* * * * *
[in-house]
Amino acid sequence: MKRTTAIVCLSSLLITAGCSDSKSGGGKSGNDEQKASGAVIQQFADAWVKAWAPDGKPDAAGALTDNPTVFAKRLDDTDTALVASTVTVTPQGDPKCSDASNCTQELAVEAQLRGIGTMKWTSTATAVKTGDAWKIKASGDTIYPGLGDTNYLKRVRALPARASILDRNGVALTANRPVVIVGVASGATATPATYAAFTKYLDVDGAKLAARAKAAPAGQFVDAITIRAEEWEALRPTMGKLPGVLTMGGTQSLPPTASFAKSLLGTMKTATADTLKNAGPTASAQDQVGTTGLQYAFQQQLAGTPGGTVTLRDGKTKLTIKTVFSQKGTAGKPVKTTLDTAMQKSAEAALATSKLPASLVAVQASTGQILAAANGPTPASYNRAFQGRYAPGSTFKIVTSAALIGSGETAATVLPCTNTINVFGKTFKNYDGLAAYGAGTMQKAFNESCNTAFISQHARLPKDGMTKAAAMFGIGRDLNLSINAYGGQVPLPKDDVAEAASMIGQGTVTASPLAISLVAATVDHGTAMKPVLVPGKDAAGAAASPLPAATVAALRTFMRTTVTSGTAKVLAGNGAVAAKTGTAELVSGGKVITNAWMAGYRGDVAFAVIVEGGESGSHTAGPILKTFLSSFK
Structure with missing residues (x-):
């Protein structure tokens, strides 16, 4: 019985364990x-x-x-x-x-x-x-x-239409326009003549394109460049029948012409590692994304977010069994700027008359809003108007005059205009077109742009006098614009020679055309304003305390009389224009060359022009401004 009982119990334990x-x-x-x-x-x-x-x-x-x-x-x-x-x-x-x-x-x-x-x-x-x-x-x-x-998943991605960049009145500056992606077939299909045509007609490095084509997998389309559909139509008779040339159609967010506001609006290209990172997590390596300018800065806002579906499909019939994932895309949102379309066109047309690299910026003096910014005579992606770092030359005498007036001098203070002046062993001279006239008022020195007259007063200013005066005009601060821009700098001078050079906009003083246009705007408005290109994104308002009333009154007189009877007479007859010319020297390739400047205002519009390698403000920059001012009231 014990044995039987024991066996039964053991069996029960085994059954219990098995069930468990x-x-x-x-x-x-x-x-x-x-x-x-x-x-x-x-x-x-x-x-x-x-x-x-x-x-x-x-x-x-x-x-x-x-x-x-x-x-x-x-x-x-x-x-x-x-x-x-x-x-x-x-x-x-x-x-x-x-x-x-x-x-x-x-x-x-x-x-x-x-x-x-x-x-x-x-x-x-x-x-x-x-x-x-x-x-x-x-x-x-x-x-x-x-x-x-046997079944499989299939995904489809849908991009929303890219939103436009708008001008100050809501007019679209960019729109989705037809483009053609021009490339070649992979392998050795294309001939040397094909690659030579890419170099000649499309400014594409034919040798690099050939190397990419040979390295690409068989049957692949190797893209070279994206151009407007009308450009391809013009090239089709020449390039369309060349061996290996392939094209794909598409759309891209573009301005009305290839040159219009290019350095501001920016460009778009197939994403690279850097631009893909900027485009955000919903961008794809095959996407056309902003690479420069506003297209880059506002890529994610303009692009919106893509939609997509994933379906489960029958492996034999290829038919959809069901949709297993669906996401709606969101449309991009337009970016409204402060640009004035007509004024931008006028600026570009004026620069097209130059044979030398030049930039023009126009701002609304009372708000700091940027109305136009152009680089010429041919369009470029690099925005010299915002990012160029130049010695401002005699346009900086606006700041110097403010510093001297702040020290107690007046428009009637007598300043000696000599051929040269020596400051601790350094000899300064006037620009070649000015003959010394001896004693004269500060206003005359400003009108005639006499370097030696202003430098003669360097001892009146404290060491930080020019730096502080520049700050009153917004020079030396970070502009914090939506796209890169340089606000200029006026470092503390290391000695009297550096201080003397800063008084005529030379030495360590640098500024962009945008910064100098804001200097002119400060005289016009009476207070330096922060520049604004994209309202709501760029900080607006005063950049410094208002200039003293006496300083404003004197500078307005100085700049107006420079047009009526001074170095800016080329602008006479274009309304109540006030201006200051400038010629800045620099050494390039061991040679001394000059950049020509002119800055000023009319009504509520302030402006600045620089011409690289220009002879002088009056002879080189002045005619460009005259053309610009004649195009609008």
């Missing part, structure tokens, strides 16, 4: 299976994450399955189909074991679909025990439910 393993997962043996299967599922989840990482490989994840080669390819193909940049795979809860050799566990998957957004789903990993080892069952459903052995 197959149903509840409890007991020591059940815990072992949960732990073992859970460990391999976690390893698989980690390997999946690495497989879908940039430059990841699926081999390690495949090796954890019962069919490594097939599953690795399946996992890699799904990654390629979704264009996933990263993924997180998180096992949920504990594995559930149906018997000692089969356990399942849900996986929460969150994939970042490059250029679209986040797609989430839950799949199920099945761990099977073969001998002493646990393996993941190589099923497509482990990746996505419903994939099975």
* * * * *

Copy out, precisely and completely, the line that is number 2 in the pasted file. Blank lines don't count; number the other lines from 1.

Amino acid sequence: MKRTTAIVCLSSLLITAGCSDSKSGGGKSGNDEQKASGAVIQQFADAWVKAWAPDGKPDAAGALTDNPTVFAKRLDDTDTALVASTVTVTPQGDPKCSDASNCTQELAVEAQLRGIGTMKWTSTATAVKTGDAWKIKASGDTIYPGLGDTNYLKRVRALPARASILDRNGVALTANRPVVIVGVASGATATPATYAAFTKYLDVDGAKLAARAKAAPAGQFVDAITIRAEEWEALRPTMGKLPGVLTMGGTQSLPPTASFAKSLLGTMKTATADTLKNAGPTASAQDQVGTTGLQYAFQQQLAGTPGGTVTLRDGKTKLTIKTVFSQKGTAGKPVKTTLDTAMQKSAEAALATSKLPASLVAVQASTGQILAAANGPTPASYNRAFQGRYAPGSTFKIVTSAALIGSGETAATVLPCTNTINVFGKTFKNYDGLAAYGAGTMQKAFNESCNTAFISQHARLPKDGMTKAAAMFGIGRDLNLSINAYGGQVPLPKDDVAEAASMIGQGTVTASPLAISLVAATVDHGTAMKPVLVPGKDAAGAAASPLPAATVAALRTFMRTTVTSGTAKVLAGNGAVAAKTGTAELVSGGKVITNAWMAGYRGDVAFAVIVEGGESGSHTAGPILKTFLSSFK